The PTAB had granted review of the patents and must issue its final written decision on or before March 2015, but may extend the deadline up to six months. Id. at 2. The trial in this case is scheduled for October 2015, soon after what would be the PTAB’s extended deadline to issue a final decision.
Under these facts, the Court was “not convinced” that post-grant review of only a subset of claims would meaningfully simplify the litigation. Id. at 4. The Court observed that defendant was using a stay “as both a sword and a shield” given the fact that defendant was also asserting its patents against plaintiffs, thus “moving forward on its interests but denying [plaintiffs] the opportunity to do the same, thus presenting a clear tactical advantage for . . . the moving party.” Id. Furthermore, defendant was “defending against the asserted claims of infringement aggressively, having engaged the court and [plaintiff] in a preliminary motion practice [namely, motions to dismiss and/or transfer, id. at 2] before resorting to the administrative avenue for relief and the resulting stay motion. Under the circumstances of this case, [defendant’s] tactics have actually increased the burdens of litigation, rather than reduced them.” Id. at 4.
The Court did grant the motion to stay with regard to one of plaintiff’s three patents. In a footnote, the Court explained that it “now allows no more than two patents to be presented to any one jury at trial, meaning that [plaintiff] would not have moved forward with all three patents to trial in any event.” Id. at 5 n.7.
Judge Leonard P. Stark recently issued findings of fact and conclusions of law following a bench trial in an ANDA case relating to Avanir’s Nuedexta® product, which is used to treat a neurological condition known as pseudobulbar affect. Avanir Pharmaceuticals, Inc., et al. v. Actavis South Atlantic LLC, et al., Consol. C.A. No. 11-704-LPS (D. Del. Apr. 30, 2014). The Court found that the plaintiffs proved by a preponderance of the evidence that claims 1-9 of U.S. Patent No. 7,659,282, and claims 1-9, 12, 13, 15, and 17 of U.S. Patent No. 8,227,484 were infringed. The Court found further that the defendants failed to prove that the infringed claims were invalid as obvious or for lack of written description. With respect to U.S. Patent No. RE38,115, the Court found that the plaintiffs failed to prove infringement of claims 18-21, and that the defendants failed to prove that those claims are invalid.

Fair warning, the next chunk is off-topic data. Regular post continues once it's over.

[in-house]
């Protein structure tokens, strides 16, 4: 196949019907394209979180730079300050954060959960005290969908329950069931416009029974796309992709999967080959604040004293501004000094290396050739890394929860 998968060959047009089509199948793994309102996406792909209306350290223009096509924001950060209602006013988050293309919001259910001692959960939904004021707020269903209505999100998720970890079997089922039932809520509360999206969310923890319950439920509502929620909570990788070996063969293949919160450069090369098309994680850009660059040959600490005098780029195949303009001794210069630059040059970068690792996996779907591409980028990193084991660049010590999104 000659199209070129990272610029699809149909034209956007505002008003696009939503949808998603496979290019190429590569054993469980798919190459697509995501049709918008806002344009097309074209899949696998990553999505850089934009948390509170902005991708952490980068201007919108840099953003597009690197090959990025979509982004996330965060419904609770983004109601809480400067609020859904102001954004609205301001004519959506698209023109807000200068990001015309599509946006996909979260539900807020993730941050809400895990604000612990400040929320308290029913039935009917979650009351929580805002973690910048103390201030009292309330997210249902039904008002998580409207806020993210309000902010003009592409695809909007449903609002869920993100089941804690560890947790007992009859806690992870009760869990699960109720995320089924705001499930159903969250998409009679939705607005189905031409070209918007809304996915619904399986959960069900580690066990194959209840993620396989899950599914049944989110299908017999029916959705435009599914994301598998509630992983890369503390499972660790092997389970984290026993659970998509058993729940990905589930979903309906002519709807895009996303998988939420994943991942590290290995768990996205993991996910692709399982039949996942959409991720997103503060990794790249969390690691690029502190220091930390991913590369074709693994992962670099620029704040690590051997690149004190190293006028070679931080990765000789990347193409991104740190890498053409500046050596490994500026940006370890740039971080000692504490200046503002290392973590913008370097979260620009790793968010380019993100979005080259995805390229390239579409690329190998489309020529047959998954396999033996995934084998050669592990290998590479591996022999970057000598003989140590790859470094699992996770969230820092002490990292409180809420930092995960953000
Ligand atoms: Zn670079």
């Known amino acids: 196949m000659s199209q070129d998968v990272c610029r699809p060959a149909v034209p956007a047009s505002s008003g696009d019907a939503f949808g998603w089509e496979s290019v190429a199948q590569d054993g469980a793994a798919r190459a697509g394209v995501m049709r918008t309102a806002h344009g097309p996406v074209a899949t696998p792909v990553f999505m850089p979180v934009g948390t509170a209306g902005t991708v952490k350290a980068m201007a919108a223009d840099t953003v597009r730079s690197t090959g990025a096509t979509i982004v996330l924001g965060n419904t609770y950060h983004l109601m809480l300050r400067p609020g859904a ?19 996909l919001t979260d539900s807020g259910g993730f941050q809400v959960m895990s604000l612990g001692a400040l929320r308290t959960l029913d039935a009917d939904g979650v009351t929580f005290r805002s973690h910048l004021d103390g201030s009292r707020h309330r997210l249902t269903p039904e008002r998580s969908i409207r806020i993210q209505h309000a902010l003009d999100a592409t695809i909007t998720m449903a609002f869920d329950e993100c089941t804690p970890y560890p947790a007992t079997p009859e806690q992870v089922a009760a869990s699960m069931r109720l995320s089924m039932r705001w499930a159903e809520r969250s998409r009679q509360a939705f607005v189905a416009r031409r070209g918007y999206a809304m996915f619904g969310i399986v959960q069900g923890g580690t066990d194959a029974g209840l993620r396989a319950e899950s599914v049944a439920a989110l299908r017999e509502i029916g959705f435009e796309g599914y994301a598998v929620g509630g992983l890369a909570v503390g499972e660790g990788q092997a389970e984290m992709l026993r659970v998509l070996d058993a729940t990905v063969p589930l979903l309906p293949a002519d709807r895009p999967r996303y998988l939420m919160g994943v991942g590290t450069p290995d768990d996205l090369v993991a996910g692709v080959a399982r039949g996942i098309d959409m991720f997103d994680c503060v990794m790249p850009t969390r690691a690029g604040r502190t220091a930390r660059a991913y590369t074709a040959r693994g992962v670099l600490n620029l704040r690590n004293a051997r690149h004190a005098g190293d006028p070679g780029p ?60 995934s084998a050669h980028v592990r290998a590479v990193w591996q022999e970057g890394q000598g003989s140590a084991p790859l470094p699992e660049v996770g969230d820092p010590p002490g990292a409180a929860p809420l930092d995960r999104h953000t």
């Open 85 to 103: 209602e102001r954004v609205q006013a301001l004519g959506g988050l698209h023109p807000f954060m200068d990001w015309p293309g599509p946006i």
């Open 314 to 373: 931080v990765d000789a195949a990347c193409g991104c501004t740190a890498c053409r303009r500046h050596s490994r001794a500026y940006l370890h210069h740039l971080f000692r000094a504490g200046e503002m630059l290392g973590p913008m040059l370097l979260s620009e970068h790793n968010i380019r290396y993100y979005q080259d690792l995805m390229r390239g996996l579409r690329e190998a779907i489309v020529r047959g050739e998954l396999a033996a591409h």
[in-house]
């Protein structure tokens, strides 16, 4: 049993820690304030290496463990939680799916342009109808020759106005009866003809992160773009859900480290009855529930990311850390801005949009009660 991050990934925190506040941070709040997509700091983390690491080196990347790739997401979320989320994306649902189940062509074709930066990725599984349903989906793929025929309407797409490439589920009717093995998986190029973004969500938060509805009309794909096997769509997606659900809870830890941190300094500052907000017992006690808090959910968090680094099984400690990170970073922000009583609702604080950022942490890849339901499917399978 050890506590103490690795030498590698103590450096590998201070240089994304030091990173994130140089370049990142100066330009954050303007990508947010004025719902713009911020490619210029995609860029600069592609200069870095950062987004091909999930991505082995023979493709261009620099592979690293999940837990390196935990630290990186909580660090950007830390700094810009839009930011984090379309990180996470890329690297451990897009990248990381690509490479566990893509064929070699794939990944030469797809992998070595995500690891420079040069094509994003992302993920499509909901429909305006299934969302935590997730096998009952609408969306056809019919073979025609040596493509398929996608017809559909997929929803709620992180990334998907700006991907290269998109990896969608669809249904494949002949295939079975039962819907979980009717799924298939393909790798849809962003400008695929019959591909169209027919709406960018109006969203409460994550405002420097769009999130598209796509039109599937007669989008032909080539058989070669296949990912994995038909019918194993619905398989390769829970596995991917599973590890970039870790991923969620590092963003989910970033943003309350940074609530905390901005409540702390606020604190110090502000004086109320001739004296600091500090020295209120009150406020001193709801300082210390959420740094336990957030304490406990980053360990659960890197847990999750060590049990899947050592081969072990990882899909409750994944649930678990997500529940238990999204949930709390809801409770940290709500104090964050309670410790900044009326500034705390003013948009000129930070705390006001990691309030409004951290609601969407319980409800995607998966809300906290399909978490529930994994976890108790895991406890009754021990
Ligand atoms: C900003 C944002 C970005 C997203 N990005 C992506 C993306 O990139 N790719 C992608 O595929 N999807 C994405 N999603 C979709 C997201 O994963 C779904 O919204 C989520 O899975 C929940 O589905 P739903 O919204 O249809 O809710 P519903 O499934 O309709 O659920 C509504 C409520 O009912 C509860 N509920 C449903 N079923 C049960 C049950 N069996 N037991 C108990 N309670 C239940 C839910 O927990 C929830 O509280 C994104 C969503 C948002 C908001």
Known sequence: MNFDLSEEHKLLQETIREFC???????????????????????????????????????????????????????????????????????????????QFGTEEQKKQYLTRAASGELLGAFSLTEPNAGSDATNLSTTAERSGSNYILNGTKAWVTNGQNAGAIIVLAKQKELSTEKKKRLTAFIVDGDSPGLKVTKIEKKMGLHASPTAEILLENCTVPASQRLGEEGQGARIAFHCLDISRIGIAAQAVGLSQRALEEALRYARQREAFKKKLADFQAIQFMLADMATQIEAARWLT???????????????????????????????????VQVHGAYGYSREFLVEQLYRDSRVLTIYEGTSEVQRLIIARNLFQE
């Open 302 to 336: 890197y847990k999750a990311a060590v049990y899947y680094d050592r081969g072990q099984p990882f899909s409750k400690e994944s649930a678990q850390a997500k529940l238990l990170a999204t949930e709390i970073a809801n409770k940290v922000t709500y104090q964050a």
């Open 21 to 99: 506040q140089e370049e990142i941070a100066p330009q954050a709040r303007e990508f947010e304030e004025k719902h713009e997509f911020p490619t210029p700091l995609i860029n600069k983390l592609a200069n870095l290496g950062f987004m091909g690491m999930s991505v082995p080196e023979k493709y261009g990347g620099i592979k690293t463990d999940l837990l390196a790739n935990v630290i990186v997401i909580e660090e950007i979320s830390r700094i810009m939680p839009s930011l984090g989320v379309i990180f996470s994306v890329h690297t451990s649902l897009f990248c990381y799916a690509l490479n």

In a recent Memorandum Order, Magistrate Judge Christopher J. Burke denied without prejudice five defendants’ motion to stay pending the PTO’s decision on whether to grant two inter partes review (“IPR”) petitions filed for the patents-in-suit. McRO, Inc., d/b/a Planet Blue v. Bethesda Softworks LLC, 12-1509-LPS-CJB, et al. (D. Del. May 1, 2014). Plaintiff also has pending in the Central District of California (the “Central District Action”) over twenty related actions asserting the same patents-in-suit. Id. at 3. It was one defendant from the Central District Action that had filed the IPR petitions in December 2013. Id. at 4. Defendants’ motion in the instant action specifically requested that the Court stay the litigation until the later of “(1) the PTO’ s initial decision on whether to grant [the] petitions for IPR; or (2) the issuance of a claim construction order in the Central District Actions.” Id.